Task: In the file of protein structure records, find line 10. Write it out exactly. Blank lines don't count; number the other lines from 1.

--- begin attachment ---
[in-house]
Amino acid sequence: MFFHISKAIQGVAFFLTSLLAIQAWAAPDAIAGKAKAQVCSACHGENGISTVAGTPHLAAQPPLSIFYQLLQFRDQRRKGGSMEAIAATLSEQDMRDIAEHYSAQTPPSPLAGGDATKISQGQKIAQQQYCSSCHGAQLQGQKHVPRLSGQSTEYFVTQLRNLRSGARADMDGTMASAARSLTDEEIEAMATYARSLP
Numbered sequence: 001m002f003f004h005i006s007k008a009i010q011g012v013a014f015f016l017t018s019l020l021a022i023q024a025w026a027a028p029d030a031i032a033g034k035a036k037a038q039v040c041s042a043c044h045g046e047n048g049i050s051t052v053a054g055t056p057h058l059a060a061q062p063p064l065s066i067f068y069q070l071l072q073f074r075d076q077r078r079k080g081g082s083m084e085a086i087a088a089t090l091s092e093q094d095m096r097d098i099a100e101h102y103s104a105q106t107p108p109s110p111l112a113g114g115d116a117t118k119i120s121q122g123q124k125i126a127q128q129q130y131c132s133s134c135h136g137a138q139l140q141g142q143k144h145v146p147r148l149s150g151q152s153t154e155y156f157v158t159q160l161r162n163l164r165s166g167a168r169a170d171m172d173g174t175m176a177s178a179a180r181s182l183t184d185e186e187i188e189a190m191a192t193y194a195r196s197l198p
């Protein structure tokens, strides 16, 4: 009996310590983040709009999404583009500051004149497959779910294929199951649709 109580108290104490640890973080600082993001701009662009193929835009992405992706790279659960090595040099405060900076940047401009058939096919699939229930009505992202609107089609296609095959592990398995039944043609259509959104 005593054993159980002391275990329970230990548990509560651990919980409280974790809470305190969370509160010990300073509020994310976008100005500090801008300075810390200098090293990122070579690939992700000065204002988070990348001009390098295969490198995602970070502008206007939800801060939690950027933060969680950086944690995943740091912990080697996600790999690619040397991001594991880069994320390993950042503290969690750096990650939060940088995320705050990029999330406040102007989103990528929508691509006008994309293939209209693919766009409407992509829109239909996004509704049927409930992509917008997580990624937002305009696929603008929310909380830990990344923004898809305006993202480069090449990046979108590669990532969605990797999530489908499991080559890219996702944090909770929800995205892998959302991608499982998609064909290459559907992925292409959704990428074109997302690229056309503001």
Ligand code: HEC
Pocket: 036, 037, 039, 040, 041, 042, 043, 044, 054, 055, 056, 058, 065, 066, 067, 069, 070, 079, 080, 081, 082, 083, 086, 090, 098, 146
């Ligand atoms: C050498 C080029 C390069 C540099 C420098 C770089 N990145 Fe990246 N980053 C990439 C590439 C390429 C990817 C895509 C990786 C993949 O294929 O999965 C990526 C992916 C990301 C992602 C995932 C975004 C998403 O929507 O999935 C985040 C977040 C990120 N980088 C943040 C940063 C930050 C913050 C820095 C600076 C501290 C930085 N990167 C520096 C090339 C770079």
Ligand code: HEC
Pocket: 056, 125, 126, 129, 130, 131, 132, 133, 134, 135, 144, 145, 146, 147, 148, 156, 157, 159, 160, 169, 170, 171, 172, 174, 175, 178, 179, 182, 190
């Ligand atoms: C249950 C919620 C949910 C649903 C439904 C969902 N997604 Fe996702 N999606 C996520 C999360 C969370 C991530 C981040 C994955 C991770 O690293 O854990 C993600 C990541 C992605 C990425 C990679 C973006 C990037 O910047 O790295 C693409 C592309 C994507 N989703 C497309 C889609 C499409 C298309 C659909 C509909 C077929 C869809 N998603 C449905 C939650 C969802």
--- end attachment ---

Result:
């Ligand atoms: C249950 C919620 C949910 C649903 C439904 C969902 N997604 Fe996702 N999606 C996520 C999360 C969370 C991530 C981040 C994955 C991770 O690293 O854990 C993600 C990541 C992605 C990425 C990679 C973006 C990037 O910047 O790295 C693409 C592309 C994507 N989703 C497309 C889609 C499409 C298309 C659909 C509909 C077929 C869809 N998603 C449905 C939650 C969802």